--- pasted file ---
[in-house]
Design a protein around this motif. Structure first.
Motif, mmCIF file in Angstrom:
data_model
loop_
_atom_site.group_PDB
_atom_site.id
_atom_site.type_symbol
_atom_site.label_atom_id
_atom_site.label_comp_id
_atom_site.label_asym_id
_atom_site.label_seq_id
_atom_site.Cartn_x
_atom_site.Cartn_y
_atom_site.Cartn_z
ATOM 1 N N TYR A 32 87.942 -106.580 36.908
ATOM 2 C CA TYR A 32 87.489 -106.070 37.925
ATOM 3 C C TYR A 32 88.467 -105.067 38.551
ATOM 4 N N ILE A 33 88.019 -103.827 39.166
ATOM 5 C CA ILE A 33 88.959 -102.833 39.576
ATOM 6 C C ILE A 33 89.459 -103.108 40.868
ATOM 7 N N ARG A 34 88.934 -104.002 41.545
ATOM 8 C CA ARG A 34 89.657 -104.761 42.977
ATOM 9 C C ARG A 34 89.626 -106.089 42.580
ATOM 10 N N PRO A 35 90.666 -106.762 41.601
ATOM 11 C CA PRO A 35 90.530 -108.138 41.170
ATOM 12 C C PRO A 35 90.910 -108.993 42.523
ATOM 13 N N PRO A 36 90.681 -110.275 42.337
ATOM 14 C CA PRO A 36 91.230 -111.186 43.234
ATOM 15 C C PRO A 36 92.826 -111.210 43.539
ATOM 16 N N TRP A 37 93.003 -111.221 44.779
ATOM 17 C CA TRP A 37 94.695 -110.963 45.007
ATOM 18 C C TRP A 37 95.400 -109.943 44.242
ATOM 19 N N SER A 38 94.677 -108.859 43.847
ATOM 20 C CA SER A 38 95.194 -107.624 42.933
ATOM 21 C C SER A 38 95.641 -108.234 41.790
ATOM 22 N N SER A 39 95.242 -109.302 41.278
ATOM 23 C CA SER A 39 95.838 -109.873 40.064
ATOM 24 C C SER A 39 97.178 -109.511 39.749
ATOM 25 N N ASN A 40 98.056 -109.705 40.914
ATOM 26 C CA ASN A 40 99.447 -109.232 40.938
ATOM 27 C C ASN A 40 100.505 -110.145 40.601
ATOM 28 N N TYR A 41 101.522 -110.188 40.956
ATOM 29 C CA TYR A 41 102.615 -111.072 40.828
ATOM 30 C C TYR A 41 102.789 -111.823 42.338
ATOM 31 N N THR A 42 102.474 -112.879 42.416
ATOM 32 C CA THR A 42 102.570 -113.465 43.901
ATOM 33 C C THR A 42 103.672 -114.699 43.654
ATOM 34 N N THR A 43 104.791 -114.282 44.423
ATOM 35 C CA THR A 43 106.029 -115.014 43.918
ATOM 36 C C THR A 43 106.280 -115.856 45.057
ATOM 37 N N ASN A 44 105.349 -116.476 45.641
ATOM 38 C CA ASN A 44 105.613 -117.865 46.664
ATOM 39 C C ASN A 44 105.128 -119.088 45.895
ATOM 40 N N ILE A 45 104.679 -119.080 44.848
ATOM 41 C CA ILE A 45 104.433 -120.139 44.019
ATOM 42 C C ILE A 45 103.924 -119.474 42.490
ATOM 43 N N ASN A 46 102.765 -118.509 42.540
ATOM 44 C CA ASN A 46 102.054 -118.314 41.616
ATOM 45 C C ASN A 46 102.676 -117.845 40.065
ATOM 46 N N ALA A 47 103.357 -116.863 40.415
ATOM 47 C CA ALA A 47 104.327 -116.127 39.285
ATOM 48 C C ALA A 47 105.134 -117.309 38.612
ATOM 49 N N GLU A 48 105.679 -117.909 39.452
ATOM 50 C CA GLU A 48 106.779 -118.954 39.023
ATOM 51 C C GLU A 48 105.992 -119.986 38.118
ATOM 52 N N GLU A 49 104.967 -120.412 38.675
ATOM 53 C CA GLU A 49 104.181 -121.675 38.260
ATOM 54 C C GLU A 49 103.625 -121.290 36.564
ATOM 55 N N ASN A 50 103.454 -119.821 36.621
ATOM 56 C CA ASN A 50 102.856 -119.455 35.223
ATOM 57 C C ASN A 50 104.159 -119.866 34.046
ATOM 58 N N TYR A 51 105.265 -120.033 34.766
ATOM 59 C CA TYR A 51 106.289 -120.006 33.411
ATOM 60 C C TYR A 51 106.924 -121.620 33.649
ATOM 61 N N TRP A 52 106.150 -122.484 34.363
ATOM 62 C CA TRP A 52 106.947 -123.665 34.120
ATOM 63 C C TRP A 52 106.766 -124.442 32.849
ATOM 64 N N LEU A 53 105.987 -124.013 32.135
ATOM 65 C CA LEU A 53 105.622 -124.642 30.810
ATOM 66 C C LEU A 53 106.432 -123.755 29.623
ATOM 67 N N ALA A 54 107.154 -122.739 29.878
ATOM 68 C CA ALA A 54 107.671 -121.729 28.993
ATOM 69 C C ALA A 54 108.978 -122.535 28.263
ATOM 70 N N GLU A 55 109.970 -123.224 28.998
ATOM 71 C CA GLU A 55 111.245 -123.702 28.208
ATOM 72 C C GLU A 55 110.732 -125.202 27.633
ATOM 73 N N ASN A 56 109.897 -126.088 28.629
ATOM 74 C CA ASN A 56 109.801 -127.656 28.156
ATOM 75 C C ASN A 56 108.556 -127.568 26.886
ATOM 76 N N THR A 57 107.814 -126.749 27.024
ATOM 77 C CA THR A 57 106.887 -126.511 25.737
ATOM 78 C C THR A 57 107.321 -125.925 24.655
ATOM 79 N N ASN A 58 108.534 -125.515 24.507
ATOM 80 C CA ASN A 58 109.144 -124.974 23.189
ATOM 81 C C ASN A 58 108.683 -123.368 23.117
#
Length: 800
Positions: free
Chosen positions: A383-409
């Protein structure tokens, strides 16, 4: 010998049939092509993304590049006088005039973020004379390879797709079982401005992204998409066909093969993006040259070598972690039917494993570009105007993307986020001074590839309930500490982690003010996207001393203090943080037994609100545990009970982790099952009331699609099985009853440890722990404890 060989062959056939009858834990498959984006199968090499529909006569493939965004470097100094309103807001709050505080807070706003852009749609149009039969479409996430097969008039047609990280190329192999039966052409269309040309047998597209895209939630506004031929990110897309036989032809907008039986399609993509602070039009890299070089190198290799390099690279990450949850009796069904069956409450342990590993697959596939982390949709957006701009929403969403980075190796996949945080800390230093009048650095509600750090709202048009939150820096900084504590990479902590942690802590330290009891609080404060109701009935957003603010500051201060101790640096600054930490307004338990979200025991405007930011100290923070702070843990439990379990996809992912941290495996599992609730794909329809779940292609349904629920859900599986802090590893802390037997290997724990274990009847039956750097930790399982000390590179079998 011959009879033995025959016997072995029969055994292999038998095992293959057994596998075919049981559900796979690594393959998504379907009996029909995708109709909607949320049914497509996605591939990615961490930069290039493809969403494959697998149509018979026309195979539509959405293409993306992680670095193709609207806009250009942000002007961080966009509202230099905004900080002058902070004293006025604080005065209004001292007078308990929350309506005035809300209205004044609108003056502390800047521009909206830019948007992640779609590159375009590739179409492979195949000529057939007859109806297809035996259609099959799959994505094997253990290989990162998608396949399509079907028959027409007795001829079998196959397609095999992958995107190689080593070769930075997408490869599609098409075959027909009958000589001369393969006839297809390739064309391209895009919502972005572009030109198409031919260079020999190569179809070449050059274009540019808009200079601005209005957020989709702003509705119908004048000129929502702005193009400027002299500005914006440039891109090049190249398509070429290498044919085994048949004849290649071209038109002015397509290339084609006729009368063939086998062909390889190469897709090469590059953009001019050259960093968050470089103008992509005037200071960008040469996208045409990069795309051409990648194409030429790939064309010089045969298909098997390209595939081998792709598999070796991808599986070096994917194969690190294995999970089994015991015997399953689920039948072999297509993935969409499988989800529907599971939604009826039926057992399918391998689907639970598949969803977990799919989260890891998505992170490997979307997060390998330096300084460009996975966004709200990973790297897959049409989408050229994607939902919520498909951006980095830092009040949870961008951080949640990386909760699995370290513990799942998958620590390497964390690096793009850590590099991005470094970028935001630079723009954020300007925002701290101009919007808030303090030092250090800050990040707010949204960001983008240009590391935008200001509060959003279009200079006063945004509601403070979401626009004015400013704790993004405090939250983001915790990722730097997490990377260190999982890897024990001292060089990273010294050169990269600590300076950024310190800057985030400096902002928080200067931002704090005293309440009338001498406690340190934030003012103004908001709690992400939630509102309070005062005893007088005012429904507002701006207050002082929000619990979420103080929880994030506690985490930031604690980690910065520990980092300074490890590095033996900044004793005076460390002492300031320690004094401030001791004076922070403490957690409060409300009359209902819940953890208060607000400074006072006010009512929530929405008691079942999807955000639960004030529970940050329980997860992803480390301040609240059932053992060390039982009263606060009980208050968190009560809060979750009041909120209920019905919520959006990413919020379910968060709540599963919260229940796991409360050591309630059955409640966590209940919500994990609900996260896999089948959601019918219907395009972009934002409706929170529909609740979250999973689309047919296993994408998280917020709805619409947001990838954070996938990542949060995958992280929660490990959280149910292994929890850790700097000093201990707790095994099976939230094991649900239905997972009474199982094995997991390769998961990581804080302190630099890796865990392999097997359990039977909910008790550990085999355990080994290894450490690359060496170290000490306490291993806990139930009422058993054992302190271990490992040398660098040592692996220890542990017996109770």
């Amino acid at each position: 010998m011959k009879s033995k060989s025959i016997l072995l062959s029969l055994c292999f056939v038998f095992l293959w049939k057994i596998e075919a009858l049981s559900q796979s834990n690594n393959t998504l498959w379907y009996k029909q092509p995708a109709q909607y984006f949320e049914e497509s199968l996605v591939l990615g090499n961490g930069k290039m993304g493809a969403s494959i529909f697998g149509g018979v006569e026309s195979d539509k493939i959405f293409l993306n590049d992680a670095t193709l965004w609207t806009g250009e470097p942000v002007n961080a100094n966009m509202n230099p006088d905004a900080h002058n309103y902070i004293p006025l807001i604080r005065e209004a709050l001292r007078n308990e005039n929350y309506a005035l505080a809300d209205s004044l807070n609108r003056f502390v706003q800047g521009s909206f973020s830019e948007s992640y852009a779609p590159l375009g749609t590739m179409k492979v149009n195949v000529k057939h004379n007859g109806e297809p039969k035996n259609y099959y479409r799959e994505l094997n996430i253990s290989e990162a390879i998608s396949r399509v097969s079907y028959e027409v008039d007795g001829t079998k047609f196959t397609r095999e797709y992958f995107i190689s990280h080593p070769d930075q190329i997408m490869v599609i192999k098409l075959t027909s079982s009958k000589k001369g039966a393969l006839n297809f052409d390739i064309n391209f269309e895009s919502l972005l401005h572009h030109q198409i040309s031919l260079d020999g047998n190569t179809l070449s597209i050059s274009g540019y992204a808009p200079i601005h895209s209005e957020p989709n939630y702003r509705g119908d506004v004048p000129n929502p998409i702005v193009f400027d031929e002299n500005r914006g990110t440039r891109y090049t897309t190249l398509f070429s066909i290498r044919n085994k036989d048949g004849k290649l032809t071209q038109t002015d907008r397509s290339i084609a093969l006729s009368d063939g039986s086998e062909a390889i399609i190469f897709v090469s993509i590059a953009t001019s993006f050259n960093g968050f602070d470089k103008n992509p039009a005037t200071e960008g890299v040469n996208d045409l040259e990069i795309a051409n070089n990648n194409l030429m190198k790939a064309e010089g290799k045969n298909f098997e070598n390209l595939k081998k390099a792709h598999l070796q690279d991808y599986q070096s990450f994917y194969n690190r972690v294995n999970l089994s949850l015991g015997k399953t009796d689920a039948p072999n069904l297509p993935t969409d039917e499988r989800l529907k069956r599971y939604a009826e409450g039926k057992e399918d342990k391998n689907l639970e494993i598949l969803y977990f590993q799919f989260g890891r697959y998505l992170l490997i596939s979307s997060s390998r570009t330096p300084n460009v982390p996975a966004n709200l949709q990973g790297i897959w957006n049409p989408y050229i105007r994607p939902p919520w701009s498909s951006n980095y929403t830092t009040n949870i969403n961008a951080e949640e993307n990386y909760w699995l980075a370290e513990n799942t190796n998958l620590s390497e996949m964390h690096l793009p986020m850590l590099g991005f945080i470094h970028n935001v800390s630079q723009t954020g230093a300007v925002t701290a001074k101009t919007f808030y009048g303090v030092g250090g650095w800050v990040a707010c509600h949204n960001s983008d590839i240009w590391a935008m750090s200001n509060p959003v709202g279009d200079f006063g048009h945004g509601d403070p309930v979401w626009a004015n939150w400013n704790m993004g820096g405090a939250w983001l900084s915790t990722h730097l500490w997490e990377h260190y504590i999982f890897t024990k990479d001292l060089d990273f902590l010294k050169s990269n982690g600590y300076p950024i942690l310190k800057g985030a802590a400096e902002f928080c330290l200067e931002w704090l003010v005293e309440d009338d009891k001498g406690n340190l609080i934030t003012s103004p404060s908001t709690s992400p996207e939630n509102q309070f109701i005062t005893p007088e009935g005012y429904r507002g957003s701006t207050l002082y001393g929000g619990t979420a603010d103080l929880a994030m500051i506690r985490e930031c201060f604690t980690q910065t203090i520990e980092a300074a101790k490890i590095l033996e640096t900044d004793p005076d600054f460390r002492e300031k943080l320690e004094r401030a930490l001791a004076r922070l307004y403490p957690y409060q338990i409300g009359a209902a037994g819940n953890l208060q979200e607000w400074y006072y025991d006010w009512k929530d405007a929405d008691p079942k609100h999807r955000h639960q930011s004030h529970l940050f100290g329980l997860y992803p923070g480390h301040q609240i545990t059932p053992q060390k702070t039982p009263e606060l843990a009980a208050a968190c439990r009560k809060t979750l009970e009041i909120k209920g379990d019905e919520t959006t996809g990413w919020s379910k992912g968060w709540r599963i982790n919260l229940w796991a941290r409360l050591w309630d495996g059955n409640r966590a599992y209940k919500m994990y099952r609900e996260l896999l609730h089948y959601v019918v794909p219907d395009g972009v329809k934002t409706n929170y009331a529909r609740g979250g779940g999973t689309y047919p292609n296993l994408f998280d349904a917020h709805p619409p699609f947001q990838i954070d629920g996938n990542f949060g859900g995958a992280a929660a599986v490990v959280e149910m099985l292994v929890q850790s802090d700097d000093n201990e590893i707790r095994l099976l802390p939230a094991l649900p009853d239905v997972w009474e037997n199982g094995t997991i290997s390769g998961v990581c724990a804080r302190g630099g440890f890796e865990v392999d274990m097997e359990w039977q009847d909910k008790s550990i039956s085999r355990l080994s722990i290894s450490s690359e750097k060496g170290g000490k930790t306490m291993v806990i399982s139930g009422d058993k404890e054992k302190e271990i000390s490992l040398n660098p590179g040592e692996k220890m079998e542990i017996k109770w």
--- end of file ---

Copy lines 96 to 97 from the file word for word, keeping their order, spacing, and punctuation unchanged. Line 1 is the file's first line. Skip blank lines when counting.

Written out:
ATOM 81 C C ASN A 58 108.683 -123.368 23.117
#